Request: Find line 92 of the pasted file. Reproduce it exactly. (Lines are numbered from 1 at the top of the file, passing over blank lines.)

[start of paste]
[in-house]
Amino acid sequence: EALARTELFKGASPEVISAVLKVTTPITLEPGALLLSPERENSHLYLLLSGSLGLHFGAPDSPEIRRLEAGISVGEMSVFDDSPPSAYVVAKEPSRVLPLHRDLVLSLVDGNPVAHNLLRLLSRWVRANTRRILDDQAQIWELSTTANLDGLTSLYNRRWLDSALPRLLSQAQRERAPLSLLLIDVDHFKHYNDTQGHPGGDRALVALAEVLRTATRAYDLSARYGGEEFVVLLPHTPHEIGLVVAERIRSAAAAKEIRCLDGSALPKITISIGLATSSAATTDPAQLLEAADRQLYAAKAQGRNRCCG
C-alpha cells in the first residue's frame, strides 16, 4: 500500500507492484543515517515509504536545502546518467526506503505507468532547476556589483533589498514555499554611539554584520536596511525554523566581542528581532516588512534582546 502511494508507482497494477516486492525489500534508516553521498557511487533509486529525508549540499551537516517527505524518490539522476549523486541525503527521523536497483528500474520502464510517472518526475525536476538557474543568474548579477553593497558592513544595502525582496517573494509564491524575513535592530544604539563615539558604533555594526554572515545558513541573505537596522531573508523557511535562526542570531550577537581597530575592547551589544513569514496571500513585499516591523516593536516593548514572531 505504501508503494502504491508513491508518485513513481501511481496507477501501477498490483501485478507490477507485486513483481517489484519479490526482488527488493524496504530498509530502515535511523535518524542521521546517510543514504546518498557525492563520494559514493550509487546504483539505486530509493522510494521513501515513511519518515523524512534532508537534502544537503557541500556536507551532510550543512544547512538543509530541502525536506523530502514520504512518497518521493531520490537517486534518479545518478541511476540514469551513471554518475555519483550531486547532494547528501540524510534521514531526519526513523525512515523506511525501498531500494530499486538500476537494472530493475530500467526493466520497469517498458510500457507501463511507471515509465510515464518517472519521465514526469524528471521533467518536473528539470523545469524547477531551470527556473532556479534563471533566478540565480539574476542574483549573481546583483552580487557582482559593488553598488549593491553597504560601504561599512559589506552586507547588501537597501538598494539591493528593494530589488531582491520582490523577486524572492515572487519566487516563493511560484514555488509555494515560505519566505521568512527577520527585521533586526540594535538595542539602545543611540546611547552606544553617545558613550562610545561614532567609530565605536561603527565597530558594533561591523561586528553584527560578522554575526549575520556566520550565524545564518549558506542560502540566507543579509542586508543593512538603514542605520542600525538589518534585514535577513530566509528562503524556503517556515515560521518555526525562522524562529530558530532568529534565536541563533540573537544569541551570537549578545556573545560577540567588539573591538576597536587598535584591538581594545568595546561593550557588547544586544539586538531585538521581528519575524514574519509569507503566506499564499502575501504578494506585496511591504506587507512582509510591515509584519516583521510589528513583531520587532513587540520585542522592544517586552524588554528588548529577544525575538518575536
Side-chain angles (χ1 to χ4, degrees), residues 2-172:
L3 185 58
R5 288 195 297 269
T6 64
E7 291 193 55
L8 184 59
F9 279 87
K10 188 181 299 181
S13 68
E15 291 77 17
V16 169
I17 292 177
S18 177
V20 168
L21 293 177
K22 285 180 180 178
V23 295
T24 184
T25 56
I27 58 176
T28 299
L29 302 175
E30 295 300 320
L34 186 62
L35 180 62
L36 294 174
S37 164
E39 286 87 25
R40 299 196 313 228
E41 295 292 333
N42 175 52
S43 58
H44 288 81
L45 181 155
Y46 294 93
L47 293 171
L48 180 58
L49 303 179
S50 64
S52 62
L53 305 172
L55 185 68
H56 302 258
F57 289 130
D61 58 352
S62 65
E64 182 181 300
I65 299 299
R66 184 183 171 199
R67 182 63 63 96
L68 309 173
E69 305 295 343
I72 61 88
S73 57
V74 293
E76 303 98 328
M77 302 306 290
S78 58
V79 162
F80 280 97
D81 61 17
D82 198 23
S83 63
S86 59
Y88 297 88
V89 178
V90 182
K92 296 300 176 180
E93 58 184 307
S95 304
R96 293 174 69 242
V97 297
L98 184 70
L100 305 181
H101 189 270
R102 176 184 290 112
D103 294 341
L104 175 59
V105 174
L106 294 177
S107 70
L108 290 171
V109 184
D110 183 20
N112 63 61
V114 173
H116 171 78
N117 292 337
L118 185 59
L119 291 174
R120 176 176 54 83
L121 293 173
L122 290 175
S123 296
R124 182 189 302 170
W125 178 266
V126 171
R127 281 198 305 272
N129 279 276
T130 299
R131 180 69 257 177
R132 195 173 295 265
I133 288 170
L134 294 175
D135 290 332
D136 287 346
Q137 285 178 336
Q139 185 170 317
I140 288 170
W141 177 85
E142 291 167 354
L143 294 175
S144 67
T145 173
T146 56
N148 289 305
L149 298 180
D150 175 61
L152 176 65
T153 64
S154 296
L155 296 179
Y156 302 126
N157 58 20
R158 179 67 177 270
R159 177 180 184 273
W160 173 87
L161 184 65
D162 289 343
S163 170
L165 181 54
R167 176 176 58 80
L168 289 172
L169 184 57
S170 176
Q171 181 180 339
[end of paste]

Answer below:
L118 185 59